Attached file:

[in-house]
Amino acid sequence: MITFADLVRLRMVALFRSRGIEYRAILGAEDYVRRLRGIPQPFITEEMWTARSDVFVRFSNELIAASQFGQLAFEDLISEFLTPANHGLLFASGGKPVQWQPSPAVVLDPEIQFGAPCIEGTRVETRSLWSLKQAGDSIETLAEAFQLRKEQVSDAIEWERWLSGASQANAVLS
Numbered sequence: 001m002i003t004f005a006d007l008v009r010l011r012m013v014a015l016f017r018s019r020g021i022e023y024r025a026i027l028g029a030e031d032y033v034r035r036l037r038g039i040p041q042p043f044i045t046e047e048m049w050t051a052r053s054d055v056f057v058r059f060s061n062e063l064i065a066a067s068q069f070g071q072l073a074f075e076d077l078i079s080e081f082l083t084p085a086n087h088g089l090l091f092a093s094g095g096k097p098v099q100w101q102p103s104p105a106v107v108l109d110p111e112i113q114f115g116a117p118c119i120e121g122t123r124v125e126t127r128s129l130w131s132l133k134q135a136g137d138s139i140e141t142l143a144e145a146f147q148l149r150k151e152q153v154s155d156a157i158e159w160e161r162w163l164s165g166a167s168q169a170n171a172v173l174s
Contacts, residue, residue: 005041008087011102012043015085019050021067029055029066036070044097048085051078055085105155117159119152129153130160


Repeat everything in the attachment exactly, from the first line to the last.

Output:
[in-house]
Amino acid sequence: MITFADLVRLRMVALFRSRGIEYRAILGAEDYVRRLRGIPQPFITEEMWTARSDVFVRFSNELIAASQFGQLAFEDLISEFLTPANHGLLFASGGKPVQWQPSPAVVLDPEIQFGAPCIEGTRVETRSLWSLKQAGDSIETLAEAFQLRKEQVSDAIEWERWLSGASQANAVLS
Numbered sequence: 001m002i003t004f005a006d007l008v009r010l011r012m013v014a015l016f017r018s019r020g021i022e023y024r025a026i027l028g029a030e031d032y033v034r035r036l037r038g039i040p041q042p043f044i045t046e047e048m049w050t051a052r053s054d055v056f057v058r059f060s061n062e063l064i065a066a067s068q069f070g071q072l073a074f075e076d077l078i079s080e081f082l083t084p085a086n087h088g089l090l091f092a093s094g095g096k097p098v099q100w101q102p103s104p105a106v107v108l109d110p111e112i113q114f115g116a117p118c119i120e121g122t123r124v125e126t127r128s129l130w131s132l133k134q135a136g137d138s139i140e141t142l143a144e145a146f147q148l149r150k151e152q153v154s155d156a157i158e159w160e161r162w163l164s165g166a167s168q169a170n171a172v173l174s
Contacts, residue, residue: 005041008087011102012043015085019050021067029055029066036070044097048085051078055085105155117159119152129153130160